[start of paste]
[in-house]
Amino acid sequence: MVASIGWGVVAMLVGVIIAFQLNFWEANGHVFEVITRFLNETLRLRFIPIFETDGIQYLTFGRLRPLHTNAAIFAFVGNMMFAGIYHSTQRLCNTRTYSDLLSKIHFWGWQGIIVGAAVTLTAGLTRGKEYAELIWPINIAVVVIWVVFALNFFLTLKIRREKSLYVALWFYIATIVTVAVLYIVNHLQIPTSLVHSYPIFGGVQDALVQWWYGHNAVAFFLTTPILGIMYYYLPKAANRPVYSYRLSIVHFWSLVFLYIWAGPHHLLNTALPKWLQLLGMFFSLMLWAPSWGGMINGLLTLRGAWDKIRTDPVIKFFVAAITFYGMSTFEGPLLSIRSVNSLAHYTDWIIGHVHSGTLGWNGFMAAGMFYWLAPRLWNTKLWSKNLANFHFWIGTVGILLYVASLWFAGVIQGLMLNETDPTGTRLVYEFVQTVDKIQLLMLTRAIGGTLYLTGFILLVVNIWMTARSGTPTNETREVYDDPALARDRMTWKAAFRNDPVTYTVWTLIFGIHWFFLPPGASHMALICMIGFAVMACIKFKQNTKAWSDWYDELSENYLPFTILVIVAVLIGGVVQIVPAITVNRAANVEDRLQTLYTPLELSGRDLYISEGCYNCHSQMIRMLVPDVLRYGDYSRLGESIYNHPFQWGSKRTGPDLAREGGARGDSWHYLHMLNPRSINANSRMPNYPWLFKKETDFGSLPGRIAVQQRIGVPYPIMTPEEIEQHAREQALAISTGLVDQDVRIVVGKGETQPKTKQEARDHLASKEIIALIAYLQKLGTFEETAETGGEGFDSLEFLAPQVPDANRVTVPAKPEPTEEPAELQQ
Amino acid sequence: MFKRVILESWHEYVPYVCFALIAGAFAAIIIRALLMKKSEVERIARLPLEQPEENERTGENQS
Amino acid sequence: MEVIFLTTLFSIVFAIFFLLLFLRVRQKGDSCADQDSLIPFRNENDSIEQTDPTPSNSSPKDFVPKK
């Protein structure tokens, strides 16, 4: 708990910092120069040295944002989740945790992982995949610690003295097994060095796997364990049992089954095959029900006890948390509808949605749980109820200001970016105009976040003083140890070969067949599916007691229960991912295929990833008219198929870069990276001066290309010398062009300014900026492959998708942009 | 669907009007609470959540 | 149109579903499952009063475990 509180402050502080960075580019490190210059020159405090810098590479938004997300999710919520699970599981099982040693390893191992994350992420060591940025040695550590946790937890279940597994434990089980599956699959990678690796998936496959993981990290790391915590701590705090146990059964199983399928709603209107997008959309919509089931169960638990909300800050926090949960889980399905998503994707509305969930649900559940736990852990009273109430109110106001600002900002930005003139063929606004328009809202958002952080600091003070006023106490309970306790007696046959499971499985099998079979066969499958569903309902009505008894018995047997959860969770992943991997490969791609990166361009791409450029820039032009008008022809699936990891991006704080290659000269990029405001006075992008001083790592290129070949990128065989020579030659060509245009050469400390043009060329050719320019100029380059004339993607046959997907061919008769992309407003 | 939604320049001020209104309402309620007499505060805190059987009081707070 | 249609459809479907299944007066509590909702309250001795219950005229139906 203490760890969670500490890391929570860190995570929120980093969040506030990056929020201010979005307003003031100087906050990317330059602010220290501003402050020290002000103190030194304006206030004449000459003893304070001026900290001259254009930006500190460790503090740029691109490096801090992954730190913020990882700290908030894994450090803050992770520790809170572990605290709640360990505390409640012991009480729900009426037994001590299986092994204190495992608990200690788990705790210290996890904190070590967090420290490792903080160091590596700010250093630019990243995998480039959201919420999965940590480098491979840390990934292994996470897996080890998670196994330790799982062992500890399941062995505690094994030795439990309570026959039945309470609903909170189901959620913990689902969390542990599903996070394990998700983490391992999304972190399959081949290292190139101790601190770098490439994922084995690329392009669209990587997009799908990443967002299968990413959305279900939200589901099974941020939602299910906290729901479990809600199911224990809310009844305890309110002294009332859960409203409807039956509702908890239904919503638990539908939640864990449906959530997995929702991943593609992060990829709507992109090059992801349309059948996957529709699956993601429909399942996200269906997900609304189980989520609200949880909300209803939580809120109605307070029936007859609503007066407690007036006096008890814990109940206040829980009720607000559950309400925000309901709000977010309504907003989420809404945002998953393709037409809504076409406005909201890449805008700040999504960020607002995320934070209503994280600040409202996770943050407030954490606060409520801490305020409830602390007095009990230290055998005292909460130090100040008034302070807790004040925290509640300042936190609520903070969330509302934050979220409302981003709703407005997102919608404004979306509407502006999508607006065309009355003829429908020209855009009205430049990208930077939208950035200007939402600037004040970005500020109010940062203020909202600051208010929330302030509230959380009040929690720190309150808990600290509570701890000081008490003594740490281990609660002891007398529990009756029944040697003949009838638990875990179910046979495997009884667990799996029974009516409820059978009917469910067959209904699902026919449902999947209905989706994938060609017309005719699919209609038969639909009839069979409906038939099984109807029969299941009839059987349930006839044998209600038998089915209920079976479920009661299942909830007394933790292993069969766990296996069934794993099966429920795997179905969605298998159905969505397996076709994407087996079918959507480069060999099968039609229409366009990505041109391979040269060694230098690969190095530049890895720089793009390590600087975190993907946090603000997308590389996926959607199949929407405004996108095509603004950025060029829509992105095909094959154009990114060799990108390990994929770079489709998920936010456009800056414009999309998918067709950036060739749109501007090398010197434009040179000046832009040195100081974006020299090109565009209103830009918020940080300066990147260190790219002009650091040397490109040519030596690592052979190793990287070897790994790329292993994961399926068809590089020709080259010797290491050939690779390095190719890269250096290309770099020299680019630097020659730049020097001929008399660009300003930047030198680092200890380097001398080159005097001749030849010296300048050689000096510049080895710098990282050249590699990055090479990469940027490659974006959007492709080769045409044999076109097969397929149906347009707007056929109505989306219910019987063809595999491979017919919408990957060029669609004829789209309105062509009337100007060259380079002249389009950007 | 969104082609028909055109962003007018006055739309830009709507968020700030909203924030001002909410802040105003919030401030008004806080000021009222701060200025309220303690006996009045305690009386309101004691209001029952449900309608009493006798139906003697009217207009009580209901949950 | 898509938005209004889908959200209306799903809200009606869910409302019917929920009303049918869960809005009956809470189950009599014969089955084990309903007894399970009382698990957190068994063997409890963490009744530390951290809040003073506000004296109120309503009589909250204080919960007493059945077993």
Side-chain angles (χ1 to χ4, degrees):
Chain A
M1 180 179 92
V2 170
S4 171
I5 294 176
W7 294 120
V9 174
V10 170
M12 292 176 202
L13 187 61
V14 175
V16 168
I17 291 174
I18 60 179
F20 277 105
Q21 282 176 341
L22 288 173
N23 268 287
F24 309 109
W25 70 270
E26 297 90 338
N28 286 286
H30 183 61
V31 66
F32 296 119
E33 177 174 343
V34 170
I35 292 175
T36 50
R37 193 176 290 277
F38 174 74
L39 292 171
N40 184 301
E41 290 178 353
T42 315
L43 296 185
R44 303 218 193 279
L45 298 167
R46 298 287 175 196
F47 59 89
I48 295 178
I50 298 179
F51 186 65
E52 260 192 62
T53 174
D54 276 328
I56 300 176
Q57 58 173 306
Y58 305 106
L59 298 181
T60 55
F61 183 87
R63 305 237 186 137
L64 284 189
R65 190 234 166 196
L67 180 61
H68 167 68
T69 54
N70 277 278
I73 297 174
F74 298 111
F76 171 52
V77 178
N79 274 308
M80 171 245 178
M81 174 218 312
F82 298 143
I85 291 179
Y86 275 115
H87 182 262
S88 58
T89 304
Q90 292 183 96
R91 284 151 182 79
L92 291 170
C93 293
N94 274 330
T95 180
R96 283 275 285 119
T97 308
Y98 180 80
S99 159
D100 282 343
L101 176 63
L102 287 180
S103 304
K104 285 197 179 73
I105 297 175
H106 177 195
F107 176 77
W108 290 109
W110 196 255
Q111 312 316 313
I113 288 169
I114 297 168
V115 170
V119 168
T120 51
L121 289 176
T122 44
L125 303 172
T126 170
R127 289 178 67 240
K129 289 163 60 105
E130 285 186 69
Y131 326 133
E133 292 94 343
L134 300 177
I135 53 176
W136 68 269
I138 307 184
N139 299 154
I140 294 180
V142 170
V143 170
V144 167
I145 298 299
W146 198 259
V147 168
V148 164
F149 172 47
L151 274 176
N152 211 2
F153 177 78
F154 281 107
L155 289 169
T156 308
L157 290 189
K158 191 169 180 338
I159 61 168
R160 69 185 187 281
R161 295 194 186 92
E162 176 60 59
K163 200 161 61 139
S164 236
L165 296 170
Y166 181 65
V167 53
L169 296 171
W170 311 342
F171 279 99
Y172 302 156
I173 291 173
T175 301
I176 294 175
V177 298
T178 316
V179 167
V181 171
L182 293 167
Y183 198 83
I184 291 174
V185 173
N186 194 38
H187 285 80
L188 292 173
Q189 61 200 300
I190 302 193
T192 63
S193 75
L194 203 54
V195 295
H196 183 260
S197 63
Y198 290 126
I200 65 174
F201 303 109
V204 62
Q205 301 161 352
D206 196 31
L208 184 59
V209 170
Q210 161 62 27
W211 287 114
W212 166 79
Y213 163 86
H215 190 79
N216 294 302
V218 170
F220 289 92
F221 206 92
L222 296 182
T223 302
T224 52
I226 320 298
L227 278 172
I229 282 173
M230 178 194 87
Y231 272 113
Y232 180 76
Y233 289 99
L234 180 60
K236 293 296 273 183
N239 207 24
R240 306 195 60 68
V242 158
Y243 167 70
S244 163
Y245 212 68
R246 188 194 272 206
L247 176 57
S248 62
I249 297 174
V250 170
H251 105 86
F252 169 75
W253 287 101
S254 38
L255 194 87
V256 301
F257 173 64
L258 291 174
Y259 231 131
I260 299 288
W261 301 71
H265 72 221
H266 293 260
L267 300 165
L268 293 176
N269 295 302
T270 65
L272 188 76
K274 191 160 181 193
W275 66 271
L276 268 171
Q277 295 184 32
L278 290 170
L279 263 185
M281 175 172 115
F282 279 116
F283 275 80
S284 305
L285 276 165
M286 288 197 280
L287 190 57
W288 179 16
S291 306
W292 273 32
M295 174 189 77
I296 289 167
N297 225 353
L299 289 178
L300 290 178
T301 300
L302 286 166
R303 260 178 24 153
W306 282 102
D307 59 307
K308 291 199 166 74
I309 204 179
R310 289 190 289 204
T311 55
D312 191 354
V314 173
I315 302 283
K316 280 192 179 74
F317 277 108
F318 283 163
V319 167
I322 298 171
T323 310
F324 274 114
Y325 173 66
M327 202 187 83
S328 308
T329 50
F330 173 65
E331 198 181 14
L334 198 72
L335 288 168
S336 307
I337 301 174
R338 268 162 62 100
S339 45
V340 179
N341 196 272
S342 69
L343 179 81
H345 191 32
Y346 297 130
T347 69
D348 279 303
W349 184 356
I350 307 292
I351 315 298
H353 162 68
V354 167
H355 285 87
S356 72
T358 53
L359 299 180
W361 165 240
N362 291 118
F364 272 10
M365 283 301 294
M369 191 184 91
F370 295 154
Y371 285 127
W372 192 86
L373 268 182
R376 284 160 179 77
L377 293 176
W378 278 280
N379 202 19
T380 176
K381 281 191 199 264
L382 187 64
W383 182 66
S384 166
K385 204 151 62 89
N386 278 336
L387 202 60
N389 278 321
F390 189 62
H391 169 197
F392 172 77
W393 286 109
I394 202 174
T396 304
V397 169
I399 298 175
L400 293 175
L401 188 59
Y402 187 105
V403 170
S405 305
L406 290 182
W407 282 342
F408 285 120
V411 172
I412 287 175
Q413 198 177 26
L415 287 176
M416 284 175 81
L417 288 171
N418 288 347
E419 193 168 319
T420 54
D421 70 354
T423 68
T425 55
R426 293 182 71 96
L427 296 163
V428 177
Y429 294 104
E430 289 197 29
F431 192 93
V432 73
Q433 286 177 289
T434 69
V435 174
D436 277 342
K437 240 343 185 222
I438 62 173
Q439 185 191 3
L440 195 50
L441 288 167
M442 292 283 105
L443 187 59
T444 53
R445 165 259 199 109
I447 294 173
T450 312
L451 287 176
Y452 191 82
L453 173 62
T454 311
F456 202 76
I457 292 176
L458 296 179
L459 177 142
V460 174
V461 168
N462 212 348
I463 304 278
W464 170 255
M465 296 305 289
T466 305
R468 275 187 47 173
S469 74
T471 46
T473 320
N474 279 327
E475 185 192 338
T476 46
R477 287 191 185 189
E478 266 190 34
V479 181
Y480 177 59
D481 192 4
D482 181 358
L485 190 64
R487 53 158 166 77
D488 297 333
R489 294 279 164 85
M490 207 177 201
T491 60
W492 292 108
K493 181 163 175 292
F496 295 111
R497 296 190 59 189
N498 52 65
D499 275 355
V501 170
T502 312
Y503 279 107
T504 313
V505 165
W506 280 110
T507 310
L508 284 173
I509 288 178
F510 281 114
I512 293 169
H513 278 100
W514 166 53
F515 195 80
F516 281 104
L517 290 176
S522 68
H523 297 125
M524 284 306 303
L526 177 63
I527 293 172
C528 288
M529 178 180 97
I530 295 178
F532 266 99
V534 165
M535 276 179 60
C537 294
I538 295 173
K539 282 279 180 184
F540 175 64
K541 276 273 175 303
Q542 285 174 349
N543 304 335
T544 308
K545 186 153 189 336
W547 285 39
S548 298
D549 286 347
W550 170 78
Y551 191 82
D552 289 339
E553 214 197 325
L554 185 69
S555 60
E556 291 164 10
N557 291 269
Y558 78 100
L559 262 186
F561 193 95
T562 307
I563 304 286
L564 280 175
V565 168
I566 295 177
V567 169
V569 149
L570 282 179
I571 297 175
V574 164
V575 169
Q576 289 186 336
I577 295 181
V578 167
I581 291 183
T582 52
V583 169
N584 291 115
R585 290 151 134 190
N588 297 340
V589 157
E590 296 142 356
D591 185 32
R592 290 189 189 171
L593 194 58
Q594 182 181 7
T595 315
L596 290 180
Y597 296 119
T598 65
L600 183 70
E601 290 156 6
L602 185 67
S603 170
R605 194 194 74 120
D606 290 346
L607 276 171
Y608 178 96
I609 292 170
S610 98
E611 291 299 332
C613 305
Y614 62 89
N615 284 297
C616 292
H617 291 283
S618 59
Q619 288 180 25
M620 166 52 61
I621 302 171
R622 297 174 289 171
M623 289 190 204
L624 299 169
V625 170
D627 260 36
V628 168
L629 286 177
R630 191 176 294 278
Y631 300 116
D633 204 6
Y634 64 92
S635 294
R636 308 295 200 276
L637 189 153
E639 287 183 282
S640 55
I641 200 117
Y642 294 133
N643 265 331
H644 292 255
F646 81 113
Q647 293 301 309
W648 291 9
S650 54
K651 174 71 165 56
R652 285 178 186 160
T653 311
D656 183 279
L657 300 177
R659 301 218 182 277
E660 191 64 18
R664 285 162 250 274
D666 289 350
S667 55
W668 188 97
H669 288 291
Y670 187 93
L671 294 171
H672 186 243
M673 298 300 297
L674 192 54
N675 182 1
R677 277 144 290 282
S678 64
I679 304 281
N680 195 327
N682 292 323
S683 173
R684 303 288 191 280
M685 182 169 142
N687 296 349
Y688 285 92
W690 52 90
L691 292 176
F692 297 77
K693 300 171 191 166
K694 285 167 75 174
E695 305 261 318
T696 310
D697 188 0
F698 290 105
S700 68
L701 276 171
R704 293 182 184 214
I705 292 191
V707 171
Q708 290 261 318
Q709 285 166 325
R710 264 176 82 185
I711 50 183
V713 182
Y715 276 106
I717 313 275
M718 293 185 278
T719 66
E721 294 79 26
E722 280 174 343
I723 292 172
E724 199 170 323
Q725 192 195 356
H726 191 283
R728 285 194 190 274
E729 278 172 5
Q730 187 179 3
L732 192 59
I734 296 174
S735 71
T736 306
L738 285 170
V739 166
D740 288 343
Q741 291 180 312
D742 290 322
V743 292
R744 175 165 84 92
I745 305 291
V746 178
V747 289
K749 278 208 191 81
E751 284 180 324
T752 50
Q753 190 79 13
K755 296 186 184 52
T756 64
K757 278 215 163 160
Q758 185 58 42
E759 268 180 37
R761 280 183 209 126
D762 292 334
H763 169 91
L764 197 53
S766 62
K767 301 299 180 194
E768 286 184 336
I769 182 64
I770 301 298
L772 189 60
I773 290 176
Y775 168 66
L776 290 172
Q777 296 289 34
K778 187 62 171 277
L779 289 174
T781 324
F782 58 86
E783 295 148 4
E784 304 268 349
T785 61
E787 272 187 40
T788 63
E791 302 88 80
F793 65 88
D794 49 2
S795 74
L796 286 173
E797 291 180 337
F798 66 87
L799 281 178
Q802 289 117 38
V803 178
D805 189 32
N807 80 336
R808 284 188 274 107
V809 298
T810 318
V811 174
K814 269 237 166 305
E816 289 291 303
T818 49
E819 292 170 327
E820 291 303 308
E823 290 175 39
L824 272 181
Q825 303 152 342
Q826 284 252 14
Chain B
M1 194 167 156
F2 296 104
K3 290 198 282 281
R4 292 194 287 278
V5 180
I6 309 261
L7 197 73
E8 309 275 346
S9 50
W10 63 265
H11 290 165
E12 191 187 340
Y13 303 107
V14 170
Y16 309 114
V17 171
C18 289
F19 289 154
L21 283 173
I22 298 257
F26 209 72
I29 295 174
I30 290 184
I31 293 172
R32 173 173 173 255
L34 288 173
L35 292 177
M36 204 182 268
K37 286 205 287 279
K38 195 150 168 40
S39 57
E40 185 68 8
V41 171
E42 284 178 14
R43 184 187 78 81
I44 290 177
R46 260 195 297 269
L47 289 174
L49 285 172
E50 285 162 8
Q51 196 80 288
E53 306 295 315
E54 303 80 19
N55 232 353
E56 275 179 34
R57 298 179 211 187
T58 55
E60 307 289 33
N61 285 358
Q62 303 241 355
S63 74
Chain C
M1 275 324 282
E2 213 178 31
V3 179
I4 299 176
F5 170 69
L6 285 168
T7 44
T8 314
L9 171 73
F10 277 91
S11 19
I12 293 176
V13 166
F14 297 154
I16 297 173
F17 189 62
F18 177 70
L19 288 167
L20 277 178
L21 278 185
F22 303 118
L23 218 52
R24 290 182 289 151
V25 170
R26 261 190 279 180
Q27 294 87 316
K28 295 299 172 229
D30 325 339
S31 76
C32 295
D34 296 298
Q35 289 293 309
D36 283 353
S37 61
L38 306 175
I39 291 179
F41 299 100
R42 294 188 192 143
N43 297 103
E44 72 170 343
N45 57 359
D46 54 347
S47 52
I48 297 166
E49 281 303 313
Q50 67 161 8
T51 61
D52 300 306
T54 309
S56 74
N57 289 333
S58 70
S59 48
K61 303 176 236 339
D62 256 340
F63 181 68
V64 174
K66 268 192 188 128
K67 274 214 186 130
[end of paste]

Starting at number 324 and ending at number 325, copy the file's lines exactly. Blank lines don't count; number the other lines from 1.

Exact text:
I394 202 174
T396 304